10CV0460MA: Sharla Harris v. Max W. Higbee, DMD, PC abn Redmond Dental Group; Dr. Tony L. Parsley, DMD; Dr. Max W. Higbee, DMD; Dane E. Smith, DDS, PC; and Dr. Dane E. Smith, DDS, complaint $71,892.09 economic damages, $350,000 noneconomic damages 10CV0461AB: LVNV Funding LLC v. Patricia Marze, complaint, $24,788.02 10CV0462AS: Midland Funding LLC v. Rosario Rodriguez aka Rosario R. Tamez, complaint, $15,885.91 10CV0463ST: American Express Centurion Bank v. Randy A. Kemnitz aka Randy A. Kemwitz, complaint, $38,611.75 Filed June 1
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JUNE 18, 2010
THE BULLETIN • Monday, June 7, 2010 B3
O New Astoria film museum Search for missing Portland boy expands holds ‘Goonies’ gathering By Anne M. Peterson The Associated Press
The Associated Press ASTORIA — The grand opening of the Oregon Film Museum in Astoria attracted “Goonies” fans from all over. More than 100 Goonies fans showed up for the opening on Saturday morning. That’s because the museum chose the 25th anniversary celebration of the movie “The Goonies” for its grand opening. Instead of your typical ribbon-cutting ceremony, Mac
Burns, the Clatsop County Historical Society executive director, had the ribbon cutters line up with the clappers used in filming that signal the beginning of a take. Then actors re-created the jail break scene from the film. They dashed into the getaway car and raced around the block, only to be chased back to the museum by Thomas Phillips of the Clatsop County Sheriff’s Office, driving his squad car.
Lane County wins lawsuit filed by mental health unit The Associated Press EUGENE — A jury has sided with Lane County in a dispute over funding being stopped to a Springfield mental health agency. The Lane County Circuit Court jury determined that the county did not improperly break its contract with SAFE Inc., a nonprofit agency that operated Valia Health Resources and treated about 150 people with mental illnesses. Attorneys representing SAFE filed the lawsuit in April 2009. The move came after county officials announced they would discontinue the agency’s Medicaid coverage after two years of alleged mismanagement at Valia. Lane County government administers the federal Medicaid program, which, among other things, pays for mental health services for low-income individuals. In the lawsuit, the agency accused the county of breach-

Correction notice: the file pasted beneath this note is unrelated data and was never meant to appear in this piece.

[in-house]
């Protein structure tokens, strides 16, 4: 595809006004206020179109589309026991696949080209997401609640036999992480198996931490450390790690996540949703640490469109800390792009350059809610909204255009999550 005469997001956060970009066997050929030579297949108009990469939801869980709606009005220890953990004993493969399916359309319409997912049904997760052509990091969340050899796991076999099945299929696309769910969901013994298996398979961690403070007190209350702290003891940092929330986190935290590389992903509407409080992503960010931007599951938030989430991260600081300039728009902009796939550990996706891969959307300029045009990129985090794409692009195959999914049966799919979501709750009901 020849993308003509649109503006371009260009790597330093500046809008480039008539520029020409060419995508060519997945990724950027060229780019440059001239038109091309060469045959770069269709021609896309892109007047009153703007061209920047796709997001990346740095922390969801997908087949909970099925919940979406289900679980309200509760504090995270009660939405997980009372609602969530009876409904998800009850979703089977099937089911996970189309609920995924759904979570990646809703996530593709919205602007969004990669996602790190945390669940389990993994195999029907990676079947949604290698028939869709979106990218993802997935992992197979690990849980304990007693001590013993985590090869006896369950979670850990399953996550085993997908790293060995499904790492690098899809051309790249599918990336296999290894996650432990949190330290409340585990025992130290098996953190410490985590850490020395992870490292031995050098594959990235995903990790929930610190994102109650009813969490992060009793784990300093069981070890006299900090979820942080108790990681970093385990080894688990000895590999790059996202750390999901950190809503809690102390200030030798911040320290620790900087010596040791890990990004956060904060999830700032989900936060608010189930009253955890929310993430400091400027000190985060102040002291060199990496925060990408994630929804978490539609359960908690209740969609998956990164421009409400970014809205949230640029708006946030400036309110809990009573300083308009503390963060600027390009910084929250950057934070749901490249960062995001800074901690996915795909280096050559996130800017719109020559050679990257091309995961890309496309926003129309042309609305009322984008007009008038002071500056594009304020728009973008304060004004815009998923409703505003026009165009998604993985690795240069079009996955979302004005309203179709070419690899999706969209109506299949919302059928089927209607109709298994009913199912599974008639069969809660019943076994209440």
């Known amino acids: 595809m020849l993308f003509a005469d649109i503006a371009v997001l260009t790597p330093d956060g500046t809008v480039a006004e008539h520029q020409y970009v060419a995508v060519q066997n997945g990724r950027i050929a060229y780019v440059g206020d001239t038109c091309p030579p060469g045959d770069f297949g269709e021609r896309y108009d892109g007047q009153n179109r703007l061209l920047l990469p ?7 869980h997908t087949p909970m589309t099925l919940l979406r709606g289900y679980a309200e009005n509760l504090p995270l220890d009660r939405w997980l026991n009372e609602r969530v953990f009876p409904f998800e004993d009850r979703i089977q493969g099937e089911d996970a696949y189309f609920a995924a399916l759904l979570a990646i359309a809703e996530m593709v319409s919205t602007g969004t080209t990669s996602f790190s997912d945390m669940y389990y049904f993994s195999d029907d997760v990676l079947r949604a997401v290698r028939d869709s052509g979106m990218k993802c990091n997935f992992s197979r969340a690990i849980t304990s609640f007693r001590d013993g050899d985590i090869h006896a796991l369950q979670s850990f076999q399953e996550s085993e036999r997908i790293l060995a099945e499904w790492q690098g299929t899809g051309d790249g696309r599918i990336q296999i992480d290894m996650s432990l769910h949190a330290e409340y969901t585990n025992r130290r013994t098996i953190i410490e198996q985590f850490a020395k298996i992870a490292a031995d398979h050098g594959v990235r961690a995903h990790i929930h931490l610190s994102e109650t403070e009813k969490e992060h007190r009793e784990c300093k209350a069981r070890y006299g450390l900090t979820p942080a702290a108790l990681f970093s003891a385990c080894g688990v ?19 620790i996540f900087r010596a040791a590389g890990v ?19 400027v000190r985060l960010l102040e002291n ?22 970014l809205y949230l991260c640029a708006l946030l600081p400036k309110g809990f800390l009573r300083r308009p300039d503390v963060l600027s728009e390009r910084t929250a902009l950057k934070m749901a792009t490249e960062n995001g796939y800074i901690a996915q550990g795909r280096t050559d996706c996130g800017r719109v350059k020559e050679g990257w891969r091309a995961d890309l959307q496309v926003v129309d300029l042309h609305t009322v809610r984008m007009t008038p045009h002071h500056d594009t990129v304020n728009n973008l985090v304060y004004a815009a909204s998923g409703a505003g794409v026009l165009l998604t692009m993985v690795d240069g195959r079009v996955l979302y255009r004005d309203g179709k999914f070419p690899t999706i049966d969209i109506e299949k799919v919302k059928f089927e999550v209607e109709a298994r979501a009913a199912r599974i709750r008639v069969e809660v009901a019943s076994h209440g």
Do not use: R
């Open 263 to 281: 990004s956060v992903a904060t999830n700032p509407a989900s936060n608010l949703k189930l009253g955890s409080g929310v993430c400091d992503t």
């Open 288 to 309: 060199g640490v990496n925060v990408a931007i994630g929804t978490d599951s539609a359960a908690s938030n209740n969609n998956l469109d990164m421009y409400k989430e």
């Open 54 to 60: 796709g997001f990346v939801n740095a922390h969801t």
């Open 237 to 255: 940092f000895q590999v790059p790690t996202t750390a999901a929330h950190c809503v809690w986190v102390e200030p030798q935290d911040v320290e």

ing the contract by refusing to provide a pre-termination hearing. But county officials argued that they provided the required hearing and acted in good faith throughout the contract. The jury agreed last week. “We are very gratified by this verdict,” said Karen Gaffney, the county health department’s assistant director. “It aptly reflects our view of both the facts and the law on the issues the jury was asked to decide.” Valia was one of the first fullservice, peer-run mental health providers in Oregon funded by Medicaid. More than half of its dozen or so employees had previously been treated for mental issues. The county discontinued Medicaid coverage to the agency after saying that regulators found repeated instances of client assessments that lacked documentation, inadequate clinical supervision and treatment goals that did not address issues that qualified for Medicaid reimbursement.
PORTLAND — The FBI has joined the search for a 7-yearold boy who vanished after his stepmother left him at his Northwest Portland elementary school on Friday morning. Detectives on Sunday interviewed parents and students at Skyline Elementary School to glean any possible clues into the whereabouts of Kyron Horman. The boy and his stepmother, Terri Moulton Horman, attended a science fair at the school early Friday. She last saw him walking down a hallway toward his classroom about 8:45 a.m. Police say Kyron did not return home on the bus as scheduled, and the family called the school. The Multnomah County Sheriff’s Office was contacted about 4 p.m. Authorities have been searching the school and the surrounding area since then. The FBI has dispatched its Child Abduction Rapid Deployment Team. Multnomah County Sheriff Dan Staton said he was “not prepared” to call the boy’s disappearance a kidnapping, and
there were no suspects at this time. In addition to Multnomah County deputies, Portland, Gresham and Fairview police, as well as the Oregon State Patrol and Multnomah County Search and Rescue were taking part in the search. A search of the two miles between the school and Kyron’s home did not turn up any clues, police said. “The mission is the same as last night; that being to locate Kyron Horman,” police spokeswoman Lt. Mary Lindstrand said. The FBI also dispatched a profiler from the FBI’s Behavioral Analysis Unit. FBI spokeswoman Beth Anne Steele said in an e-mail that this type of team is often dispatched when a young child disappears, and its presence does not mean that law enforcement has determined the child has been abducted. Kyron is described as 3-foot8 and 50 pounds with brown hair and blue eyes. He was last seen wearing a “CSI” T-shirt and dark cargo pants. Kyron’s father, Kaine Horman, works at Intel. The boy’s mother, Desiree Horman,